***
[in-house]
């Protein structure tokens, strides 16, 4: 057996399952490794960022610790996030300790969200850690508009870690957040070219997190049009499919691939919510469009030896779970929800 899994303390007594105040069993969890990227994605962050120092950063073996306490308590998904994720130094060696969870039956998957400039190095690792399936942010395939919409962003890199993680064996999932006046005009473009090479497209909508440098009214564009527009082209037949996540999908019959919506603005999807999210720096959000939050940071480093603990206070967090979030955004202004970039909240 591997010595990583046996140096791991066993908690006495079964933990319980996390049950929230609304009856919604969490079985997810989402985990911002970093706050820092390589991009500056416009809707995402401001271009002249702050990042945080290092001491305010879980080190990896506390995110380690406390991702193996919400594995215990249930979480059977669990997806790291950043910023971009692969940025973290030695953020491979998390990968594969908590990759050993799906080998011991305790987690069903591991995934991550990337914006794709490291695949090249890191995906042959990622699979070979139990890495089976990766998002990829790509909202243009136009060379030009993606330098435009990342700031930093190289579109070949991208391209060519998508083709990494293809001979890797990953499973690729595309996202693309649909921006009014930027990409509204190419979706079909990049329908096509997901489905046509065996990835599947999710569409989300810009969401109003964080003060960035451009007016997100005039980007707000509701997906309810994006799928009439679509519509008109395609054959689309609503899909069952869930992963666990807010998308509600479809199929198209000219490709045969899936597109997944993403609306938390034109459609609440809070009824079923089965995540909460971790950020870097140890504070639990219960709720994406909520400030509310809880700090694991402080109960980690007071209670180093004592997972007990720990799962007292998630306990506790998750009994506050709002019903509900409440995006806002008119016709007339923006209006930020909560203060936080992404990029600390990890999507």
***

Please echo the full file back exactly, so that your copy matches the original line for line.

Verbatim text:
[in-house]
């Protein structure tokens, strides 16, 4: 057996399952490794960022610790996030300790969200850690508009870690957040070219997190049009499919691939919510469009030896779970929800 899994303390007594105040069993969890990227994605962050120092950063073996306490308590998904994720130094060696969870039956998957400039190095690792399936942010395939919409962003890199993680064996999932006046005009473009090479497209909508440098009214564009527009082209037949996540999908019959919506603005999807999210720096959000939050940071480093603990206070967090979030955004202004970039909240 591997010595990583046996140096791991066993908690006495079964933990319980996390049950929230609304009856919604969490079985997810989402985990911002970093706050820092390589991009500056416009809707995402401001271009002249702050990042945080290092001491305010879980080190990896506390995110380690406390991702193996919400594995215990249930979480059977669990997806790291950043910023971009692969940025973290030695953020491979998390990968594969908590990759050993799906080998011991305790987690069903591991995934991550990337914006794709490291695949090249890191995906042959990622699979070979139990890495089976990766998002990829790509909202243009136009060379030009993606330098435009990342700031930093190289579109070949991208391209060519998508083709990494293809001979890797990953499973690729595309996202693309649909921006009014930027990409509204190419979706079909990049329908096509997901489905046509065996990835599947999710569409989300810009969401109003964080003060960035451009007016997100005039980007707000509701997906309810994006799928009439679509519509008109395609054959689309609503899909069952869930992963666990807010998308509600479809199929198209000219490709045969899936597109997944993403609306938390034109459609609440809070009824079923089965995540909460971790950020870097140890504070639990219960709720994406909520400030509310809880700090694991402080109960980690007071209670180093004592997972007990720990799962007292998630306990506790998750009994506050709002019903509900409440995006806002008119016709007339923006209006930020909560203060936080992404990029600390990890999507």